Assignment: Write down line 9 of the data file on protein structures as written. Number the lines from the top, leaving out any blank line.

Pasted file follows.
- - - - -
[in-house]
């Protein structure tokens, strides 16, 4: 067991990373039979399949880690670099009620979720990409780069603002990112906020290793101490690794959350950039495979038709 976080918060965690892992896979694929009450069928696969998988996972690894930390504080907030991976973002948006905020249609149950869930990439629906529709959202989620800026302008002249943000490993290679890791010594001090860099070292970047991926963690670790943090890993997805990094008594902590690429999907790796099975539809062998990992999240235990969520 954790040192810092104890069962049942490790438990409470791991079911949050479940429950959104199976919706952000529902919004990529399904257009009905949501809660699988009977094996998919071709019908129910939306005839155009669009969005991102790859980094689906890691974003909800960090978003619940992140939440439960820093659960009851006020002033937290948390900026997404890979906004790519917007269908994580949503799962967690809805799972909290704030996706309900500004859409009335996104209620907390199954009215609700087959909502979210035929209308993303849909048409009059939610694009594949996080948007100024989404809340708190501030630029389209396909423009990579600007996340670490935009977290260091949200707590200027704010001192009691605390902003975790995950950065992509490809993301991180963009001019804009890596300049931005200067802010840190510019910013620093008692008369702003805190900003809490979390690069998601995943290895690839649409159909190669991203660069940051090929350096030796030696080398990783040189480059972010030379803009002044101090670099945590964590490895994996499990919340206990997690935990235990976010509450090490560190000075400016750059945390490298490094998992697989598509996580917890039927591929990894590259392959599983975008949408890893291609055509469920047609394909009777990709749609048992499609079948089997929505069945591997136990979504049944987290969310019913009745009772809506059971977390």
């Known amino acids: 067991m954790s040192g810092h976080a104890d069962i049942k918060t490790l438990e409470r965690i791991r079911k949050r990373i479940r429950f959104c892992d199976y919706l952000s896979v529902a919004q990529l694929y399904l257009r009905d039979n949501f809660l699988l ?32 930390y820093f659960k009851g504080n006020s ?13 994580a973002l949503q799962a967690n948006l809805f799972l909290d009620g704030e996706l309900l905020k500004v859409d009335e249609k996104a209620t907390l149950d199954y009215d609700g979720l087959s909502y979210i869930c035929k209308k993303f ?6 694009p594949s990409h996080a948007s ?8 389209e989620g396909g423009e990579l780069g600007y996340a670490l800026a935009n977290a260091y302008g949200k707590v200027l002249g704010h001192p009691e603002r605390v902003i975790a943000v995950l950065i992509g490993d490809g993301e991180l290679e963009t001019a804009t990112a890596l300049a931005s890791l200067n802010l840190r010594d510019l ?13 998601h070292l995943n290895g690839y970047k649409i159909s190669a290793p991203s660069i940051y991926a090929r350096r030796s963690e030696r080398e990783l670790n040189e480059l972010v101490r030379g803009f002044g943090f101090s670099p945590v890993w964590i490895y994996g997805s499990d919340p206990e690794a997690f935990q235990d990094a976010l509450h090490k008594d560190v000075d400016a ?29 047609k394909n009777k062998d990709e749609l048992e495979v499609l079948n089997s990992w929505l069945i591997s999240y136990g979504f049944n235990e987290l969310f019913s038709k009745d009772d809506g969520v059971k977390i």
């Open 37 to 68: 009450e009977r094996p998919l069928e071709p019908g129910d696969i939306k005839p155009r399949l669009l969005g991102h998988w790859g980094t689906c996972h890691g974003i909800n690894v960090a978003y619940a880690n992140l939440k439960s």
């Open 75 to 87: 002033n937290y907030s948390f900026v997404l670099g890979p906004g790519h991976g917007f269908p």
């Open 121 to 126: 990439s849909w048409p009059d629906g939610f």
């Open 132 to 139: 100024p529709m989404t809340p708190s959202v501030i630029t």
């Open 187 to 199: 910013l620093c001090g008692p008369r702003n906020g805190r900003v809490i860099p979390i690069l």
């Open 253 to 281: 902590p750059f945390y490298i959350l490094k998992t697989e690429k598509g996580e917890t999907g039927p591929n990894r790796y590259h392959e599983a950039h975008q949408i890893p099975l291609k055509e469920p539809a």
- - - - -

């Open 253 to 281: 902590p750059f945390y490298i959350l490094k998992t697989e690429k598509g996580e917890t999907g039927p591929n990894r790796y590259h392959e599983a950039h975008q949408i890893p099975l291609k055509e469920p539809a």